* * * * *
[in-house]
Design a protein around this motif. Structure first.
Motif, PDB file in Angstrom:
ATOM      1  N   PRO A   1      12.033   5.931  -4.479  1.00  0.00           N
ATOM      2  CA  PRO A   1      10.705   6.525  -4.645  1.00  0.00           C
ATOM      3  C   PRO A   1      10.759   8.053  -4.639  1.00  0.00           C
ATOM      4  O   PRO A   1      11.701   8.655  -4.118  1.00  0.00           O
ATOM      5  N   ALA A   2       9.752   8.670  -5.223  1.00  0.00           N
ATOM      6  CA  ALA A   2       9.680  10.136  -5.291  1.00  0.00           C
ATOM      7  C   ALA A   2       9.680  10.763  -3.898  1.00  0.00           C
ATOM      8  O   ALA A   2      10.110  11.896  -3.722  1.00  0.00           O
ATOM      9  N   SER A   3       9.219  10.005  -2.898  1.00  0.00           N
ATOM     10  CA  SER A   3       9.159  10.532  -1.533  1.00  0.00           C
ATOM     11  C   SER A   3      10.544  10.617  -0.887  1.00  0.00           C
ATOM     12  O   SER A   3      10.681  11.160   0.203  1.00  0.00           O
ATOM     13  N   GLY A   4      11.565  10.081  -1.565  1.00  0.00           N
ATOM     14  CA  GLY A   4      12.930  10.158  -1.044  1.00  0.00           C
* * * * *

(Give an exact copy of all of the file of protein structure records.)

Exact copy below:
[in-house]
Design a protein around this motif. Structure first.
Motif, PDB file in Angstrom:
ATOM      1  N   PRO A   1      12.033   5.931  -4.479  1.00  0.00           N
ATOM      2  CA  PRO A   1      10.705   6.525  -4.645  1.00  0.00           C
ATOM      3  C   PRO A   1      10.759   8.053  -4.639  1.00  0.00           C
ATOM      4  O   PRO A   1      11.701   8.655  -4.118  1.00  0.00           O
ATOM      5  N   ALA A   2       9.752   8.670  -5.223  1.00  0.00           N
ATOM      6  CA  ALA A   2       9.680  10.136  -5.291  1.00  0.00           C
ATOM      7  C   ALA A   2       9.680  10.763  -3.898  1.00  0.00           C
ATOM      8  O   ALA A   2      10.110  11.896  -3.722  1.00  0.00           O
ATOM      9  N   SER A   3       9.219  10.005  -2.898  1.00  0.00           N
ATOM     10  CA  SER A   3       9.159  10.532  -1.533  1.00  0.00           C
ATOM     11  C   SER A   3      10.544  10.617  -0.887  1.00  0.00           C
ATOM     12  O   SER A   3      10.681  11.160   0.203  1.00  0.00           O
ATOM     13  N   GLY A   4      11.565  10.081  -1.565  1.00  0.00           N
ATOM     14  CA  GLY A   4      12.930  10.158  -1.044  1.00  0.00           C